• "Not everyone can be in a show:" John Hart. Excerpts from transcribed interviews, edited by Debora Kodish, p. 21
  • "The real untold stories of tap:" African American women dancers. By Germaine Ingram and Debora Kodish, pp. 22-27 [revised from 7:2/3 (1994) 8-13]
  • "Staging the shows, all the way down the line:" Hortense Allen Jordan and Libby Spencer. Excerpts from transcribed interviews, edited by Debora Kodish, pp. 28-31
  • "Tryin' to get my knowledge together:" Women entertainers in the business and on the road. Excerpts from transcribed interviews, edited by Debora Kodish, pp. 32-37
  • "You had your own style:" tricks of the tap dance trade and how you learned them. Excerpts from transcribed interviews, edited by Debora Kodish, pp. 38-41 [same as 8:1 (1994) 12-17]
  • Stepping in Time: credits, p. 42

 

  • "We are speaking for those ancestors whose stories were not allowed to be heard:" storyteller Charlotte Blake Alston. By Teresa Jaynes and Debora Kodish, pp. 2-3
  • "I've raised more children than I've brought into the world:" culture and community in West Philadelphia. By Teresa Jaynes, pp. 4-7
  • Gospel music from the grassroots. By Cassandra Graves, pp. 8-11
  • Coming up dancing: tricks of the tap dance trade and how you learned them. Excerpts from transcribed interviews, edited by Debora Kodish, pp. 12-17
  • "When they hit the light, they shone like diamonds:" memories of lakhon bassac Cambodian folk opera]. Excerpts from interview with Siden Veal, recorded by Bill Westerman, pp. 18-19
  • The story of Neang Domra and Preah Mohaosot. By Koung Paeng, as told to Leendavy Koung
  • Kai Akwei-Bey, photographer, p. 22
  • Upcoming events, news, and new publications, p. 23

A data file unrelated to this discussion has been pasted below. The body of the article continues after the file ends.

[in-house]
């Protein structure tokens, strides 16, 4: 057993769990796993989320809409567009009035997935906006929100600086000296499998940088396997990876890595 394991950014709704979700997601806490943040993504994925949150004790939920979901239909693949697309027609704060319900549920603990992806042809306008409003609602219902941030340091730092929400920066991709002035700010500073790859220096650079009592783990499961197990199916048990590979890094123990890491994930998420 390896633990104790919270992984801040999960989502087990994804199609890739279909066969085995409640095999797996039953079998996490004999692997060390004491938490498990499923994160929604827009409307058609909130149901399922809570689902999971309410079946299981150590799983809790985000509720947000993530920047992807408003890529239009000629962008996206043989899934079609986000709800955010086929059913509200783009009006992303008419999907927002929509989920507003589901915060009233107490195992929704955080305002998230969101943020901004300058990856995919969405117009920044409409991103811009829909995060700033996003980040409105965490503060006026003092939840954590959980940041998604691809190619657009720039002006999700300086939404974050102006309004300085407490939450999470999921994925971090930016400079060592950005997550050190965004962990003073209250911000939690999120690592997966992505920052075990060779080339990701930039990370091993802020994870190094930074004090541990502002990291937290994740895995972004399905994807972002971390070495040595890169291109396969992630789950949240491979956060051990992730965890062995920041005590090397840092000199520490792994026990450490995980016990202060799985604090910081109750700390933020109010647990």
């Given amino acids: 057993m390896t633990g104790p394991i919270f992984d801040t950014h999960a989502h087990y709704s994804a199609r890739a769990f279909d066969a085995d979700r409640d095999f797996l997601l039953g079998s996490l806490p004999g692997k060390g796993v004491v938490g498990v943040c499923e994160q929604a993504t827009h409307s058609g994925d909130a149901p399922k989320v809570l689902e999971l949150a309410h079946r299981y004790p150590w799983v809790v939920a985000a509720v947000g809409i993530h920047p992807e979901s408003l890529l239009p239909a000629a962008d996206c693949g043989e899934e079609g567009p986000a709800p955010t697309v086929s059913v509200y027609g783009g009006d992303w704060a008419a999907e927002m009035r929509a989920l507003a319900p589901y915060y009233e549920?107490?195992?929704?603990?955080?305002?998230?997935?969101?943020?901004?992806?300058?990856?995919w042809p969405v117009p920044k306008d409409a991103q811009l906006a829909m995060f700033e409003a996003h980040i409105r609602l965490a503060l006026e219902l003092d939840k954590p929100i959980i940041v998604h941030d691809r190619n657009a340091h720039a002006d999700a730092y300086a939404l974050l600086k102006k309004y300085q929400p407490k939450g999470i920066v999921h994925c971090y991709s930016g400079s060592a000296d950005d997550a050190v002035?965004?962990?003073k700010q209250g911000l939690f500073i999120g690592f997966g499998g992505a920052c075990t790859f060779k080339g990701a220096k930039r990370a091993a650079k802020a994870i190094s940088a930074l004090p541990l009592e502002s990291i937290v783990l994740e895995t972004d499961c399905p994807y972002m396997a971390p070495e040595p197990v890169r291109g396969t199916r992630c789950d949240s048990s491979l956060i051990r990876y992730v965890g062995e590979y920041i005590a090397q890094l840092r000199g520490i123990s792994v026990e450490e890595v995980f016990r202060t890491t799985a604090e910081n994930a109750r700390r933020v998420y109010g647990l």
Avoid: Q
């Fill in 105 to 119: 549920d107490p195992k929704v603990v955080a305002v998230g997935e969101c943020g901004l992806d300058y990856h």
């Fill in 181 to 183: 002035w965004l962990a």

• From hucklebuck to hip-hop: ODUNDE goes dancing. By Lois Fernandez and Debora Kodish, pp. 2-3
  • Tell us how you dance..., p. 3
  • "I don't ever remember a time when we didn't dance:" excerpts from interviews, pp. 4-7
  • "The real untold stories of tap:" African American women dancers. By Germaine Ingram and Debora Kodish, pp. 8-13
  • African dance in Philadelphia. By Benita Binta Brown, pp. 14-19
  • "There's nobody who's ever lived on the face of this earth who wasn't at one time enslaved:" Lee Carter's Underground Railroad paintings. By Bill Westerman, pp. 20-23
  • Recognizing cultural barriers to justice in greater Philadelphia. By William Westerman, pp. 24-26
  • News, pp. 26-27

OUT OF PRINT

  • Some beginnings and breaks: first notes from the Philadelphia Tap Initiative. By Debora Kodish, pp. 2-5
  • Ethnographic perspectives on a Cambodian arts class in Philadelphia. By Bill Westerman, pp. 6-9
  • Behind the letter of the law: culture and the work of the public defender. By Bill Westerman, pp. 10-13
  • Samuel Yellin Metalworks: a folklife perspective on a preservation project. By Michael J. Chiarappa and Ralph Muldrow, pp. 14-15
  • Community-based rhythms against violence: African American marching units in Philadelphia. By Benita Binta Brown with Jennnifer Michael, pp. 16-21
  • Hal Taylor, 1921-1993: a remembrance. By Karen Buchholz, pp. 22-23